The He-Man vs Faker commercial is a little unique in that it includes a bit of a backstory for Faker. “Skeletor” tells the audience that he created an evil doppelganger of He-Man to destroy the real He-Man. The actors reference the “He-Man” chant, although it doesn’t actually appear in this commercial:
If I had to guess an order to these commercials, I would say that He-Man vs Skeletor (live action) came first. He-Man vs Beast Man was probably second. The animated commercial was likely third (based on its inclusion of additional characters that were developed after He-Man, Skeletor and Beast Man) and the Faker commercial was almost certainly done last.
Here is the 1983 Mattel Toys Dealer Catalog (or at least the portion relevant to the MOTU line). Intended for retailers, Mattel’s dealer catalogs showcased all the latest and greatest releases, along with existing merchandise. The catalog showcases all the 1982 items plus everything new for 1983. As we’ve seen in other catalogs, the “new” items tend to be hand-painted rather than final factory examples.
When I was a kid, I was first introduced to Faker when visiting with a friend. I don’t remember him being a highly demanded figure among my peers. I liked him but I don’t remember begging my mom for a Faker figure. But among the adult collector community, Faker (along with Zodac) seems to have garnered something of a cult following. I can’t quite put my finger on why that might be, but at the gut level I’m right there with the rest of the fans.
By the time Faker was released in 1983, Mattel would have known they had a hit on their hands with Masters of the Universe. The brand had already made many millions of dollars in 1982, the year of its introduction. So was Faker released because he was cheap to make and the profit margins would be higher than other figures? Or was it because he required no new tooling and would allow Mattel to have another figure out in the market without much lead time? I tend to think it was the latter. New tooling would take time to put together, and Mattel showed they were willing to invest in new sculpts in the 1983 lineup. Meanwhile I would think they would wish to capitalize on the unexpected success of the MOTU line as quickly as possible.
In terms of design, Faker is, very simply, a He-Man figure with Skeletor’s sword and armor, recast in eye-catching candy colors.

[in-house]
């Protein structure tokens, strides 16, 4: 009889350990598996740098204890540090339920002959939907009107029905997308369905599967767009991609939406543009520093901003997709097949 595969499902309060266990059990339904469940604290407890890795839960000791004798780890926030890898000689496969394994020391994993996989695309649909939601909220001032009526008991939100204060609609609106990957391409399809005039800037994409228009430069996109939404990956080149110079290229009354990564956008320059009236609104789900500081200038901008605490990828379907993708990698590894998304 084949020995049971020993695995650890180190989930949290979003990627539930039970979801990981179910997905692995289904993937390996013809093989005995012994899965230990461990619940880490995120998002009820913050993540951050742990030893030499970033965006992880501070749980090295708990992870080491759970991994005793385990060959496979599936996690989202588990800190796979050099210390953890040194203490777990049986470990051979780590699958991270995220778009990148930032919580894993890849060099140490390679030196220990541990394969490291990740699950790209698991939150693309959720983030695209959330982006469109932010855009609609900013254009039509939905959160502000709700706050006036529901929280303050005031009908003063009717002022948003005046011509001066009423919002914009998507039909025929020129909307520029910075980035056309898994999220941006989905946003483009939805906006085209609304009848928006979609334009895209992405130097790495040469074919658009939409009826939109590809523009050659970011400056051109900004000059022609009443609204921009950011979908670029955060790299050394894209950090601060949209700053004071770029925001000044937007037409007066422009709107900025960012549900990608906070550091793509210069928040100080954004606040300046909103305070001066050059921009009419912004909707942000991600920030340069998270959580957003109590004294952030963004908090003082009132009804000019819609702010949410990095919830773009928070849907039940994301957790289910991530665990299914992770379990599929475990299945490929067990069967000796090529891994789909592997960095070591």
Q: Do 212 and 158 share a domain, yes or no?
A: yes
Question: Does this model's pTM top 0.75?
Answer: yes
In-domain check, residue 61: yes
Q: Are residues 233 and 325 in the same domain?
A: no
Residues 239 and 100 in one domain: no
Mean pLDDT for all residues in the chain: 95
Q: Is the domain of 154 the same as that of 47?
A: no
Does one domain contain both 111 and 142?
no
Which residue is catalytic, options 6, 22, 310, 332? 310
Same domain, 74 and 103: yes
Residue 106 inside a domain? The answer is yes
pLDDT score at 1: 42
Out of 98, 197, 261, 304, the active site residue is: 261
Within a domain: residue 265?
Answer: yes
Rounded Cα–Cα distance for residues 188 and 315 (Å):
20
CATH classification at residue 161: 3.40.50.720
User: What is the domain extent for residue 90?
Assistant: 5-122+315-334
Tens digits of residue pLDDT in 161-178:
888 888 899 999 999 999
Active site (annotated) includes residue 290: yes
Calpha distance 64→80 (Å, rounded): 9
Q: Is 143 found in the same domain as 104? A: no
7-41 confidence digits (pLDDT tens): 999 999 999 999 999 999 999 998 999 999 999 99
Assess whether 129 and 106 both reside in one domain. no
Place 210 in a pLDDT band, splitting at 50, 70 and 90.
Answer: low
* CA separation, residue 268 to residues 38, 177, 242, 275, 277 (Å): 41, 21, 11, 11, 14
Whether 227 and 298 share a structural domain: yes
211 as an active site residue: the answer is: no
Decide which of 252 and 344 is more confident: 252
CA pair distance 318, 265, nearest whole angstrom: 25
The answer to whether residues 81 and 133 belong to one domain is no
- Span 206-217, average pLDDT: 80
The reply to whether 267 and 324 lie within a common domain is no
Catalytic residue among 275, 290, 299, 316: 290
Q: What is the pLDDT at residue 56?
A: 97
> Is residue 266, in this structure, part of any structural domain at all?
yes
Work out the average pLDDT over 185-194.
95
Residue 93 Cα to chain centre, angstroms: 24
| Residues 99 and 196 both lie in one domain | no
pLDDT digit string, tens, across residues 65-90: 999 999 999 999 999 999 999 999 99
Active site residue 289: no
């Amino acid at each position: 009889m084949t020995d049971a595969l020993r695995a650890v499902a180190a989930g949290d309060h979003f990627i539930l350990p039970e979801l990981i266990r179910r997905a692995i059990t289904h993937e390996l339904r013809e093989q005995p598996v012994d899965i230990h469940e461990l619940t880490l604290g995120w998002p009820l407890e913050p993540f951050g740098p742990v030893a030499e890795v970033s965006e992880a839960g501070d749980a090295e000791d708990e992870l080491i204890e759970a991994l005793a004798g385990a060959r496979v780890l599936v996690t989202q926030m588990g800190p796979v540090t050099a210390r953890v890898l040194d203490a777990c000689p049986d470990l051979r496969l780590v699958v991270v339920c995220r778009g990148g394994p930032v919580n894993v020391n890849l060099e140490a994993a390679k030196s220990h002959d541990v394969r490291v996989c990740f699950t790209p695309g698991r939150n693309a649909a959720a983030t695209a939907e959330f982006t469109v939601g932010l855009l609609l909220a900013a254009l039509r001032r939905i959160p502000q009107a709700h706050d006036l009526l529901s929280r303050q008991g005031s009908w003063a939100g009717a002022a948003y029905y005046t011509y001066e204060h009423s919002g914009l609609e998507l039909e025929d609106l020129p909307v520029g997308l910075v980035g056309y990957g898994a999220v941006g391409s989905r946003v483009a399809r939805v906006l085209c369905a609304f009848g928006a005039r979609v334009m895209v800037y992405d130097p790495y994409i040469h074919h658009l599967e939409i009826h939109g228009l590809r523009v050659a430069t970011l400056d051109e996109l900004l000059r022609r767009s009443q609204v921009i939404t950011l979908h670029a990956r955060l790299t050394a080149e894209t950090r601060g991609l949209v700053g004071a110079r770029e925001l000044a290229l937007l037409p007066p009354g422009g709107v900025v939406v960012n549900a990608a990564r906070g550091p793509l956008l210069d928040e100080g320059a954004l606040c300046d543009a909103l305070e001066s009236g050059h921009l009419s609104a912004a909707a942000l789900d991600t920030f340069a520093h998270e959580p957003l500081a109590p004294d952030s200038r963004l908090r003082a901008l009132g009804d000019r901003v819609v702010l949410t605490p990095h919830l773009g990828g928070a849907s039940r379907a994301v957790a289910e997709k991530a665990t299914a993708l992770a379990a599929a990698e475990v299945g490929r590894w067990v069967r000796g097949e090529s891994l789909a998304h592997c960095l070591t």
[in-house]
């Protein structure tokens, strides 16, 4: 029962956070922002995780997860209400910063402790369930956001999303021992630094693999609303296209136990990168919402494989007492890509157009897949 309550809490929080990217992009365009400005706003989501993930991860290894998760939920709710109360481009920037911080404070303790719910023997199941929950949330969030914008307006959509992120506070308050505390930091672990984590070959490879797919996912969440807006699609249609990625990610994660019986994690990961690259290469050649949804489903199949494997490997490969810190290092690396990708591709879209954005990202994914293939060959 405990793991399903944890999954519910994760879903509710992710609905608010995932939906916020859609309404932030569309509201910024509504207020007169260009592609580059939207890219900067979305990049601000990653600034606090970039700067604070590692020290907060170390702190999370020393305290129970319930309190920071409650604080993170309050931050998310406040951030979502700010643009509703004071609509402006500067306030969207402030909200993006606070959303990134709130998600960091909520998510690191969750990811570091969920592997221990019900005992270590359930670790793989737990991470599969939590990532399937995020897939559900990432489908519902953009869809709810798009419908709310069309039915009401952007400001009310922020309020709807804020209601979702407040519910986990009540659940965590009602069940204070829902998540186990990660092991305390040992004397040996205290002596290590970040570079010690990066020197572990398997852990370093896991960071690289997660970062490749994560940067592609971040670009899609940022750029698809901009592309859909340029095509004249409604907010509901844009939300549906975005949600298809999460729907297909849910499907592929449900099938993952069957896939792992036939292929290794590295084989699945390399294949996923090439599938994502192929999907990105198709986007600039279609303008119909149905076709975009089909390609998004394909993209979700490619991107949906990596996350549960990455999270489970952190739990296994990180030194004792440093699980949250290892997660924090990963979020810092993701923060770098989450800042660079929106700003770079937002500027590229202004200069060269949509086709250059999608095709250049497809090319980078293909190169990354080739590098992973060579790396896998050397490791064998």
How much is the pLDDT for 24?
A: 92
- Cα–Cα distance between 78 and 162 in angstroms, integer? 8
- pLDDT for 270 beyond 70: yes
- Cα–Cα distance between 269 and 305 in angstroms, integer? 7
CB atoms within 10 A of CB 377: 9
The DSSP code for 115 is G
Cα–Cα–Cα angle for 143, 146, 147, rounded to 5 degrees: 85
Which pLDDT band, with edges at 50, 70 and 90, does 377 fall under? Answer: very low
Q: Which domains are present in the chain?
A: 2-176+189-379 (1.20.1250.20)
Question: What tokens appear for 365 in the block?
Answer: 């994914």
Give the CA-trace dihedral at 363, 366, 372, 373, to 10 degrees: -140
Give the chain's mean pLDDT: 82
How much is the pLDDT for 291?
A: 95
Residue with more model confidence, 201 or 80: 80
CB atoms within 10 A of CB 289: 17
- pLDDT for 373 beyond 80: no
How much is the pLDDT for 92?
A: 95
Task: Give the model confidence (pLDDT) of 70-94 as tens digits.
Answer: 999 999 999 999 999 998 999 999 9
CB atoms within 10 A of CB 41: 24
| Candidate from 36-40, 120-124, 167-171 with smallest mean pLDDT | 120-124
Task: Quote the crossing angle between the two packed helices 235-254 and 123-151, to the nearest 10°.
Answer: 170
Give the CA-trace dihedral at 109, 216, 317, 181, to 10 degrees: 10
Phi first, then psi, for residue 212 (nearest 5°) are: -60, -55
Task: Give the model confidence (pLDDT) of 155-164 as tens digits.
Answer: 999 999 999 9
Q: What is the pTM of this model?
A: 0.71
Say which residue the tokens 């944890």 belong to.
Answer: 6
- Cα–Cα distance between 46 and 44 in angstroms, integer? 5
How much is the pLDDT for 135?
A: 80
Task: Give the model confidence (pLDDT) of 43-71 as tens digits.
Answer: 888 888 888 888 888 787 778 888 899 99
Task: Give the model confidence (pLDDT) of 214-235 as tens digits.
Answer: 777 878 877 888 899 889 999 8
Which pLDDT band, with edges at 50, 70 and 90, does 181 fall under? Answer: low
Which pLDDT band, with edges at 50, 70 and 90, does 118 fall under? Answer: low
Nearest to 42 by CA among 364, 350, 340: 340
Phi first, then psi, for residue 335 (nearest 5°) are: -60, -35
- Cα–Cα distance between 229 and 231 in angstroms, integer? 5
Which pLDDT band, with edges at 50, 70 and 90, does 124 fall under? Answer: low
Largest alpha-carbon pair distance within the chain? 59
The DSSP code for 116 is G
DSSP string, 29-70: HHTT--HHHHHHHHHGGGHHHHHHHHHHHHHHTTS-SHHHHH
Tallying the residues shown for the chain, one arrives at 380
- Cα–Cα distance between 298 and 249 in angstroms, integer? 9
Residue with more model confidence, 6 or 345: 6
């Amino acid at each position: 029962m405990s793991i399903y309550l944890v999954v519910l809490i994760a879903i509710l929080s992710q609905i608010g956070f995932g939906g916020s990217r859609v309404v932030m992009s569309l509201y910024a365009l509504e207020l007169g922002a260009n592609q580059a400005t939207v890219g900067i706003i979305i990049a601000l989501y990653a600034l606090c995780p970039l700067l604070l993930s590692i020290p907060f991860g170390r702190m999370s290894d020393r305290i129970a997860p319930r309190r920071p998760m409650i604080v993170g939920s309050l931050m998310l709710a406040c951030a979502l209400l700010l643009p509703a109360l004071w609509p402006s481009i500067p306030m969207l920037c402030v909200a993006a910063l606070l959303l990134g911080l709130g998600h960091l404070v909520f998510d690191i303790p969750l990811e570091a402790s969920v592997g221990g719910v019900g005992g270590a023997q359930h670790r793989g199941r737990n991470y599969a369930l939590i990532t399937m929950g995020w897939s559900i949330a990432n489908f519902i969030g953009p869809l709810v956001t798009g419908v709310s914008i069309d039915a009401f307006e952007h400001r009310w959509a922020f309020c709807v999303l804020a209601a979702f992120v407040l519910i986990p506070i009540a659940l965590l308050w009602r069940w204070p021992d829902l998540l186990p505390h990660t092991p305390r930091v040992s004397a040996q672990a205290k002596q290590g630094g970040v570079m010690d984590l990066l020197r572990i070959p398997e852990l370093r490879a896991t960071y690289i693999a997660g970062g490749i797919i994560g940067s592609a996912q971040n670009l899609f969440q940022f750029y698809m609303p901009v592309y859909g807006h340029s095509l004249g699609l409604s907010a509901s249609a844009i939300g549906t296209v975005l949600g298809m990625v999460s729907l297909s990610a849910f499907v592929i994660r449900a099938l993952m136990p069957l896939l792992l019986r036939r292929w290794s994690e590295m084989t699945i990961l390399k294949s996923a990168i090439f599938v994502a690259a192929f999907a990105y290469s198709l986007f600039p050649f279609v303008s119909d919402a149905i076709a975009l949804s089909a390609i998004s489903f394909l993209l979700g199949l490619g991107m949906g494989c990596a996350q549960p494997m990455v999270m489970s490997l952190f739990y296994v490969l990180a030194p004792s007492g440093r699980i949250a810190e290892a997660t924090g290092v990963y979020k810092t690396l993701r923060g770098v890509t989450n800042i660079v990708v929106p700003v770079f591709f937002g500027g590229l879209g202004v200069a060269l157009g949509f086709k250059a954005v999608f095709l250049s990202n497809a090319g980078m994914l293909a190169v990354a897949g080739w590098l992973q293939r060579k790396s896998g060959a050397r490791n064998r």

In terms of parts reuse, no other figure was as direct a reuse of previous parts as Faker. Even Stinkor and Moss Man (reused from Mer-Man and Beast Man, respectively) got some scent added to their plastic or a coating of green fuzz, in the case of Moss Man. Faker is just Faker. There is something appealing about that design though. Maybe it’s the color scheme. Orange and blue are complimentary colors, after all.
The Faker prototype below is just a repainted He-Man figure. You can see a bit of the original color coming through on one of the legs. The prototype has the same orange color on the hair as on the armor and sword. You can see this is made from an earlier He-Man figure, because it has the irregular looking belly button common on early He-Man figures. Some production Faker figures lack the belly button, just as He-Man did starting in 1983, but others retain it. The prototype below has red eyes, while the production figure had black eyes.
It’s possible that the idea of Faker being a robot was not the original concept for the character. In this 1982 color-changing advertisement, illustrated by Alfredo Alcala, Faker is described as having powerful muscles, and there no mention of robotic parts.
Faker came with the sticker on the chest, mostly hidden under the armor. It looks like it’s meant to represent his robotic control panel. To me it actually looks more like a reel-to-reel tape system. I like to think that Faker would be rocking out to The Fixx as he launched his assault on Castle Grayskull.
When Faker was released in 1983, he came on the same 8-back card as the original 8 figures. He must have been released in relatively low quantities, as a carded example is tough to come by now.